Panama, also known as ‘The Crossroads of the Americas’, is a wonderfully diverse country for any traveller to visit, with a vast range of natural and cultural landmarks to explore and discover.
Water sports lovers and nature enthusiasts are particularly drawn to the area, thanks to the wide range of coastal towns and villages to visit. Meanwhile, bird spotters will love looking out for some of the 900 species of birds residing in the country, alongside some of the indigenous tribes which are still thriving today.
What are the roads like in Panama?
Compared to the majority of roads sound in South America, the roads in Panama are in excellent condition across the vast majority of the country, including those found in the more mountainous regions.
What are the drivers in Panama like?
While the driving in some of the quieter regions can be described as reasonably stress-free, driving in Panama City can be a more difficult experience. Local drivers can often be erratic, meaning those looking to travel by car through the city must have a defensive and confident driving style.
What are the best times to drive?
Outside of the cities, there is little traffic to hinder any journey, so tourists should be free to travel at any time. In the cities, particularly Panama City, rush hour traffic can often cause the roads to come to a standstill for several hours, meaning driving early in the morning and late in the afternoon should be avoided.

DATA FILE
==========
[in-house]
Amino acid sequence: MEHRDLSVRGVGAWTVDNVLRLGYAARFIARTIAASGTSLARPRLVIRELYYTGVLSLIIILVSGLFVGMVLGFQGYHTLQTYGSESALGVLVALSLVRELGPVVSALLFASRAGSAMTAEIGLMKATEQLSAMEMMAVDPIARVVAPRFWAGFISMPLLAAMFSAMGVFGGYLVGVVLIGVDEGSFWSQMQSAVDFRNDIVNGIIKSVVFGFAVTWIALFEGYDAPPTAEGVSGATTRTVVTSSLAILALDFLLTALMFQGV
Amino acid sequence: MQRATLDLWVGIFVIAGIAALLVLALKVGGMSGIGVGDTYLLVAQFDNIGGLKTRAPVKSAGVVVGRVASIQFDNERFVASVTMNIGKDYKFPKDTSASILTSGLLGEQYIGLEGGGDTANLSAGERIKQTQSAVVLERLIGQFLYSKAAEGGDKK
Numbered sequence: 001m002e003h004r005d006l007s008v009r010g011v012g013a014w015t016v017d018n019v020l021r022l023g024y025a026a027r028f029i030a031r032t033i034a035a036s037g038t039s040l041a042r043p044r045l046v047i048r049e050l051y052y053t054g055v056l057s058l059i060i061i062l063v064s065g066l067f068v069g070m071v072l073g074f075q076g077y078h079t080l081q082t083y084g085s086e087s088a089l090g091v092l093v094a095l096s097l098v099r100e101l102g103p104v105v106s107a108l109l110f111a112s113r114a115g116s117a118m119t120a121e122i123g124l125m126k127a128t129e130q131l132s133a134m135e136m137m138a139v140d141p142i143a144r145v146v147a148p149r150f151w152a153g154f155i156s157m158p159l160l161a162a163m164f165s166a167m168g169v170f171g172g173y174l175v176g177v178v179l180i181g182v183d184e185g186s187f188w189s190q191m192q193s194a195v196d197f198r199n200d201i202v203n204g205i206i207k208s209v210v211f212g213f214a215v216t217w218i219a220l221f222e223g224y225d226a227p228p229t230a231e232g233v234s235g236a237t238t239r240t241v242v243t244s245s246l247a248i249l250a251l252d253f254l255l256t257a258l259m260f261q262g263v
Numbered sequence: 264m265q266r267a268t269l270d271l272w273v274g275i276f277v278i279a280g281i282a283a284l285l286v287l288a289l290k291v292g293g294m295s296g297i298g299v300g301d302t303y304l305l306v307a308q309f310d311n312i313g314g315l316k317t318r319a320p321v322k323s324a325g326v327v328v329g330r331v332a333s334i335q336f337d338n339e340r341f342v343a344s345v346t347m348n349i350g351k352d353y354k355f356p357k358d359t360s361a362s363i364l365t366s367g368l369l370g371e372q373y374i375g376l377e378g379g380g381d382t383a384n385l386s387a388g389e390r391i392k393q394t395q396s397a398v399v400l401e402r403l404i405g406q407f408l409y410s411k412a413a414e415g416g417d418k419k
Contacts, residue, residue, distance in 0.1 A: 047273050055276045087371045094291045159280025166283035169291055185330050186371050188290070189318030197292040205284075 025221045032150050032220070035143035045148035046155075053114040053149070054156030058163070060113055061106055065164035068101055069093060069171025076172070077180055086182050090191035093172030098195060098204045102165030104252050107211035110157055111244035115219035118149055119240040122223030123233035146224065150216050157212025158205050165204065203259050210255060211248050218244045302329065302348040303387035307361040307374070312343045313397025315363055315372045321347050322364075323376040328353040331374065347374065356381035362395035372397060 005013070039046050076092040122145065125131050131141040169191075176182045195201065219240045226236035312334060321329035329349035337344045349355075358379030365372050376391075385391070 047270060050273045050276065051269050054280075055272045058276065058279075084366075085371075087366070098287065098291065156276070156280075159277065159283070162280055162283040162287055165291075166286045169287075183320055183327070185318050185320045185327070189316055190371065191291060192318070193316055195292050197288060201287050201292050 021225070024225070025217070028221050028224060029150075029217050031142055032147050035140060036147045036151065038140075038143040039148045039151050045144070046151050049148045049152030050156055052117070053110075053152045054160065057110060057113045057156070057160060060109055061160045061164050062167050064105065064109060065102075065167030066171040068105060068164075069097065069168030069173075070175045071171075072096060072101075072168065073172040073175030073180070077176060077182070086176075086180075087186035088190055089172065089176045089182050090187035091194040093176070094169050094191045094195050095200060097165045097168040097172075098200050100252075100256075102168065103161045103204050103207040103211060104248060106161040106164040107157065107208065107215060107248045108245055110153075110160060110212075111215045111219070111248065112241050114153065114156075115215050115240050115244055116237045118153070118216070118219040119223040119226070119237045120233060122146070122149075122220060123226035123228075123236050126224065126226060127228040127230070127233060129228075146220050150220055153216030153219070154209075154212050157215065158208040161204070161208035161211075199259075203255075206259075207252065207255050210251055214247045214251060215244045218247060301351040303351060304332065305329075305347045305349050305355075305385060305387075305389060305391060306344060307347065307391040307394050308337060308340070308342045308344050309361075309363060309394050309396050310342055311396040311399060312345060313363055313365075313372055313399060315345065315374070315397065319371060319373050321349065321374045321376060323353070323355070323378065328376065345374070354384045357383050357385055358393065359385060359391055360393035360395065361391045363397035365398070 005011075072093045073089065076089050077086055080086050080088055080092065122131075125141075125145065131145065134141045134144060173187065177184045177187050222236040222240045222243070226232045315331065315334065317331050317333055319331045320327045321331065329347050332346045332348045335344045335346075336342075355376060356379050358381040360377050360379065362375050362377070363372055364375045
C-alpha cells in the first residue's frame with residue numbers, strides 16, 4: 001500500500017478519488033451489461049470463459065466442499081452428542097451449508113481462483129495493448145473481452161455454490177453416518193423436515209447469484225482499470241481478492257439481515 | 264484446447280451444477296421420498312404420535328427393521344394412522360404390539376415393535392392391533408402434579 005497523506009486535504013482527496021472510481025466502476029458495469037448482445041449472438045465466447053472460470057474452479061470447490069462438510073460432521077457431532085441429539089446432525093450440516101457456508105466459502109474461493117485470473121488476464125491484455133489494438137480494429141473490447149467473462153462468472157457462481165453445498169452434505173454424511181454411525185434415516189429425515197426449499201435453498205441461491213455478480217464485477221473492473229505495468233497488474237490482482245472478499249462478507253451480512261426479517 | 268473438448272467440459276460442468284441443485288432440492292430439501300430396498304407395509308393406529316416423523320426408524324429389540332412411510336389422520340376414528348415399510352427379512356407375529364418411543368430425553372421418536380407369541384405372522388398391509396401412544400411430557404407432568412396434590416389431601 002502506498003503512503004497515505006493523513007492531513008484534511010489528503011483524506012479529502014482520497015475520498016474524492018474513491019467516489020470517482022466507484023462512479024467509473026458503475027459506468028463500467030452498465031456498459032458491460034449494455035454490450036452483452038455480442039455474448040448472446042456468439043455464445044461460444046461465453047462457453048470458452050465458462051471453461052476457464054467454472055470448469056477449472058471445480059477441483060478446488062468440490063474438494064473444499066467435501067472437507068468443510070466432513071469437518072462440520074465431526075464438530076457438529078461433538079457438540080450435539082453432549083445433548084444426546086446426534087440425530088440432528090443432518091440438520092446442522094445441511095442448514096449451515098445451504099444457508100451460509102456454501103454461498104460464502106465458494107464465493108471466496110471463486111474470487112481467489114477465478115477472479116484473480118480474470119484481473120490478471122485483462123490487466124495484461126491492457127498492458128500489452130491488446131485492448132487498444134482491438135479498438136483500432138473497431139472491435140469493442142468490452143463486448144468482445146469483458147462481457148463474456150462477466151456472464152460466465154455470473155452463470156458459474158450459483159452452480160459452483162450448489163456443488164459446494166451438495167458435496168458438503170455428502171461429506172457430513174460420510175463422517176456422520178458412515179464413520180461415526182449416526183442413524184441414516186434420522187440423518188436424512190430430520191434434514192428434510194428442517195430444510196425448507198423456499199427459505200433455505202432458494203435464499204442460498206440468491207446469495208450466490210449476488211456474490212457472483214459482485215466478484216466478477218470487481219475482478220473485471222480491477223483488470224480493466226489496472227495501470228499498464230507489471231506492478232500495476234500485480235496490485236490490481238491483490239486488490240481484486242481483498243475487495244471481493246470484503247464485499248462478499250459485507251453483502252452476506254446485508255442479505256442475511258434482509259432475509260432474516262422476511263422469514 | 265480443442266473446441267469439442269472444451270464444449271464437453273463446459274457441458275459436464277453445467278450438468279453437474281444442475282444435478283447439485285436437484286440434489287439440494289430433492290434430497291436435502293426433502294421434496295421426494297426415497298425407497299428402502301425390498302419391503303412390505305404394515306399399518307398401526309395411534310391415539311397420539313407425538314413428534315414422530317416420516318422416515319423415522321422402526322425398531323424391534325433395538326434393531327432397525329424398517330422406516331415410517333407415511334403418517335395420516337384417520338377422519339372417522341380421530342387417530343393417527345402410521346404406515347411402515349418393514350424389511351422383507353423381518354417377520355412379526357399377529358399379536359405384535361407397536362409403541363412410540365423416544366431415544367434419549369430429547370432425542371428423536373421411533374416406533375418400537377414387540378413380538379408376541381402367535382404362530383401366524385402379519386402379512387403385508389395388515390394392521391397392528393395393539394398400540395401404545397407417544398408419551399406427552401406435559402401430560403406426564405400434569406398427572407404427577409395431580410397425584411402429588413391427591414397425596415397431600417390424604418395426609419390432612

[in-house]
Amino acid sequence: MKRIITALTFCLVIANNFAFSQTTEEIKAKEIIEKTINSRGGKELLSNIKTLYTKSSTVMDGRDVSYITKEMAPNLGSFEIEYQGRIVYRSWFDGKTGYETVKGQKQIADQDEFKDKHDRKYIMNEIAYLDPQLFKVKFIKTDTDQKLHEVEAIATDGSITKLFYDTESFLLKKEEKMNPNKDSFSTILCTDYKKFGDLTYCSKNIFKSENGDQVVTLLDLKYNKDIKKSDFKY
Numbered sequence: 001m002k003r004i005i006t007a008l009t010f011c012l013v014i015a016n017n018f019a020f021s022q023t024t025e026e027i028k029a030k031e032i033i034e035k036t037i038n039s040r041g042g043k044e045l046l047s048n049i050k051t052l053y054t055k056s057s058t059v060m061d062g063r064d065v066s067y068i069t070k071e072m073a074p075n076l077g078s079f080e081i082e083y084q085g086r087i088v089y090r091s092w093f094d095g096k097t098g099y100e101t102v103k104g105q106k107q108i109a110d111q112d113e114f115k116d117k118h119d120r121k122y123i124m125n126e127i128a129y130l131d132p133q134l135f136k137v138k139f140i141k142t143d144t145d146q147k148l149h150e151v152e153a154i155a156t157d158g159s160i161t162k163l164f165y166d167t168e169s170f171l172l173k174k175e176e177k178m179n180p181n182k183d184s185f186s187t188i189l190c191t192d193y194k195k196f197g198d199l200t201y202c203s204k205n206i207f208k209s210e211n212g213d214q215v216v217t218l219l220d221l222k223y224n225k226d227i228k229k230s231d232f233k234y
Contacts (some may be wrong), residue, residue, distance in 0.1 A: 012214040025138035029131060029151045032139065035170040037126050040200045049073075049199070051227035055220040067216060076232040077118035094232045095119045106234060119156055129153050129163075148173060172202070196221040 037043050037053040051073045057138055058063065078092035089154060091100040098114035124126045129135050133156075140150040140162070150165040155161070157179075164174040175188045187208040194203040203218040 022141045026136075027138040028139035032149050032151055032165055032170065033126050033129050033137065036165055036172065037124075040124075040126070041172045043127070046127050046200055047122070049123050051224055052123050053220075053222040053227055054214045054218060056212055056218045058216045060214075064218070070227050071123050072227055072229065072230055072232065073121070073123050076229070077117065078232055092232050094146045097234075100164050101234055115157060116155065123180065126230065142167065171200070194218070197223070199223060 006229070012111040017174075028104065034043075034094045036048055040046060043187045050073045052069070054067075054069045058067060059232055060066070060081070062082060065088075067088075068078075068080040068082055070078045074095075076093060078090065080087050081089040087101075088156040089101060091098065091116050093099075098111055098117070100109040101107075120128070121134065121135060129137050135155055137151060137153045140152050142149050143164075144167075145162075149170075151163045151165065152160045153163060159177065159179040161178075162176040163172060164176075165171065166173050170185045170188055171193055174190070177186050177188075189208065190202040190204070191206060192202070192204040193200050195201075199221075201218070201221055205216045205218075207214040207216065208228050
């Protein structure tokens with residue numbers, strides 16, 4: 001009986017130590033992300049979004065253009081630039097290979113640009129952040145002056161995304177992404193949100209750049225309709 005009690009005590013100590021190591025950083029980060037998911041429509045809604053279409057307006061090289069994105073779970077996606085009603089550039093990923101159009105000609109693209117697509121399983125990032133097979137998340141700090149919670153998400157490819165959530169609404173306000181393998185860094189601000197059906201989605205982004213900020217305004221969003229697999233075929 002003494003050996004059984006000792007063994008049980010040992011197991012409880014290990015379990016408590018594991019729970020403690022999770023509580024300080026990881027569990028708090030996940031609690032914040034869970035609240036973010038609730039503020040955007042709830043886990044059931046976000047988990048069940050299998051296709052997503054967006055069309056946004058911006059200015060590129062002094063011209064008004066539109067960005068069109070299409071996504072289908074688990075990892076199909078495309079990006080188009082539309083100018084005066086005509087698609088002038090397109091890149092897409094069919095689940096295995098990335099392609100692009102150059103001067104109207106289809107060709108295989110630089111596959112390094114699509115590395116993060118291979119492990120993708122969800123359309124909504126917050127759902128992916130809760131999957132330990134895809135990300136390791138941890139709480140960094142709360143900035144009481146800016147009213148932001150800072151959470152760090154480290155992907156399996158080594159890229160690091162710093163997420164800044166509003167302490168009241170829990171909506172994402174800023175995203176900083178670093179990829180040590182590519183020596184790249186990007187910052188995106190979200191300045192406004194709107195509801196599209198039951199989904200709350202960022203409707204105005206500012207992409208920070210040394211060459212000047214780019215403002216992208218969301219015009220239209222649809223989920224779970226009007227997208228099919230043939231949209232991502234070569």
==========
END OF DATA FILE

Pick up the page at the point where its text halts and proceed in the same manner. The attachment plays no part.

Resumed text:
What are the driving laws?
Many of the driving laws are very similar to those found in the United States, with traffic signals, signs and road markings identical to those found in their neighbouring country. The most firmly employed laws in this particular country come from the need for the driver and all passenger to wear a seatbelt at all times when in the vehicle.
As driving in Panama City can be a daunting experience, locals recommend driving through the city for the first time on a Sunday afternoon when there is generally very little traffic, in order to understand the roads and driving destinations without the pressure of traffic.
Car horns are used on a regular basis by most drivers in the cities and not just for warning of danger. They may be used by drivers attempting to cross lanes, as well as taxi drivers calling to pedestrians to signal their cab is free.
Taxi drivers have the right to stop at any time, on any part of the road, which can lead to collisions. It is the law in Panama that those who have hit the back of another car are responsible for the crash.